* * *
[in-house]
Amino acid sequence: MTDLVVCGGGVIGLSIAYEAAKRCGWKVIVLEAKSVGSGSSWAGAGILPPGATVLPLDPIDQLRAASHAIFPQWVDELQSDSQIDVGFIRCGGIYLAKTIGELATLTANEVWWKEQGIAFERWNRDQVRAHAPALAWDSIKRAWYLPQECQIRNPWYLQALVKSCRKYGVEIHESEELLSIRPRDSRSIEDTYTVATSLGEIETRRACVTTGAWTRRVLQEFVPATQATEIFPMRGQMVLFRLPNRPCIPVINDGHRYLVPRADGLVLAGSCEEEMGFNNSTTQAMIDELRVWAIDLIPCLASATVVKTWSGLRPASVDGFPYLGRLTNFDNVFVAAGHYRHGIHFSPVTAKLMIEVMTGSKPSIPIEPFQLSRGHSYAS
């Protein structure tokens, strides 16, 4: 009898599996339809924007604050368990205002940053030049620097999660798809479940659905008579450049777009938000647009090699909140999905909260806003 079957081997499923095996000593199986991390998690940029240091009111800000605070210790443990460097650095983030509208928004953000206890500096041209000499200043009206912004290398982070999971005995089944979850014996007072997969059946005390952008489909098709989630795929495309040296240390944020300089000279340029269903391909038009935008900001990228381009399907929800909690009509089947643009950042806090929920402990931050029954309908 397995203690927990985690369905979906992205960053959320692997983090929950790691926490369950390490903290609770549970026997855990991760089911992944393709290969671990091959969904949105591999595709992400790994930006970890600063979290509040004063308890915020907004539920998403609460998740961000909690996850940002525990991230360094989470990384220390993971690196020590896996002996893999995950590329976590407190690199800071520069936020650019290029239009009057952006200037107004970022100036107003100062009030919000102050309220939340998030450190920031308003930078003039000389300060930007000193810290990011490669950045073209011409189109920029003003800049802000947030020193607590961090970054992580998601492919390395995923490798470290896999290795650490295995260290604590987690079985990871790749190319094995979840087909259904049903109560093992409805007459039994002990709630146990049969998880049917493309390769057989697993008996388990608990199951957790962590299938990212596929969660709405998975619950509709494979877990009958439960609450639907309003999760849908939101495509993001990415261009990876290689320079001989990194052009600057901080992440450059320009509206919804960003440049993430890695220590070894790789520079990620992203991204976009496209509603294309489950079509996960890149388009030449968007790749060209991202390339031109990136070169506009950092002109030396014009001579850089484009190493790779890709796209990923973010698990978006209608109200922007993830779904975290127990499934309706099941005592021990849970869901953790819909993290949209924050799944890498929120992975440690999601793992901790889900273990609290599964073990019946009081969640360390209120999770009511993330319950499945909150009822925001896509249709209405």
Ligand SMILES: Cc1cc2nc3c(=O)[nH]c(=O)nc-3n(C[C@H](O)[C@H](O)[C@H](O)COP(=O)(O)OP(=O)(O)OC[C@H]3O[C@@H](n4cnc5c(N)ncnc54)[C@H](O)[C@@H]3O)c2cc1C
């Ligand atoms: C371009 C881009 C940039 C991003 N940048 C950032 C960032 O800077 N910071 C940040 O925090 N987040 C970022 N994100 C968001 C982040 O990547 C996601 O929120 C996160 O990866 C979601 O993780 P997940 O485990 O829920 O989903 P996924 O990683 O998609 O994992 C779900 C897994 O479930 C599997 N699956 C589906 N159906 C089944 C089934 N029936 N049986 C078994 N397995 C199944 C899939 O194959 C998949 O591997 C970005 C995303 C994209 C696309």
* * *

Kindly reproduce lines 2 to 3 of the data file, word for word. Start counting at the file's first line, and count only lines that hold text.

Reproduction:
Amino acid sequence: MTDLVVCGGGVIGLSIAYEAAKRCGWKVIVLEAKSVGSGSSWAGAGILPPGATVLPLDPIDQLRAASHAIFPQWVDELQSDSQIDVGFIRCGGIYLAKTIGELATLTANEVWWKEQGIAFERWNRDQVRAHAPALAWDSIKRAWYLPQECQIRNPWYLQALVKSCRKYGVEIHESEELLSIRPRDSRSIEDTYTVATSLGEIETRRACVTTGAWTRRVLQEFVPATQATEIFPMRGQMVLFRLPNRPCIPVINDGHRYLVPRADGLVLAGSCEEEMGFNNSTTQAMIDELRVWAIDLIPCLASATVVKTWSGLRPASVDGFPYLGRLTNFDNVFVAAGHYRHGIHFSPVTAKLMIEVMTGSKPSIPIEPFQLSRGHSYAS
């Protein structure tokens, strides 16, 4: 009898599996339809924007604050368990205002940053030049620097999660798809479940659905008579450049777009938000647009090699909140999905909260806003 079957081997499923095996000593199986991390998690940029240091009111800000605070210790443990460097650095983030509208928004953000206890500096041209000499200043009206912004290398982070999971005995089944979850014996007072997969059946005390952008489909098709989630795929495309040296240390944020300089000279340029269903391909038009935008900001990228381009399907929800909690009509089947643009950042806090929920402990931050029954309908 397995203690927990985690369905979906992205960053959320692997983090929950790691926490369950390490903290609770549970026997855990991760089911992944393709290969671990091959969904949105591999595709992400790994930006970890600063979290509040004063308890915020907004539920998403609460998740961000909690996850940002525990991230360094989470990384220390993971690196020590896996002996893999995950590329976590407190690199800071520069936020650019290029239009009057952006200037107004970022100036107003100062009030919000102050309220939340998030450190920031308003930078003039000389300060930007000193810290990011490669950045073209011409189109920029003003800049802000947030020193607590961090970054992580998601492919390395995923490798470290896999290795650490295995260290604590987690079985990871790749190319094995979840087909259904049903109560093992409805007459039994002990709630146990049969998880049917493309390769057989697993008996388990608990199951957790962590299938990212596929969660709405998975619950509709494979877990009958439960609450639907309003999760849908939101495509993001990415261009990876290689320079001989990194052009600057901080992440450059320009509206919804960003440049993430890695220590070894790789520079990620992203991204976009496209509603294309489950079509996960890149388009030449968007790749060209991202390339031109990136070169506009950092002109030396014009001579850089484009190493790779890709796209990923973010698990978006209608109200922007993830779904975290127990499934309706099941005592021990849970869901953790819909993290949209924050799944890498929120992975440690999601793992901790889900273990609290599964073990019946009081969640360390209120999770009511993330319950499945909150009822925001896509249709209405």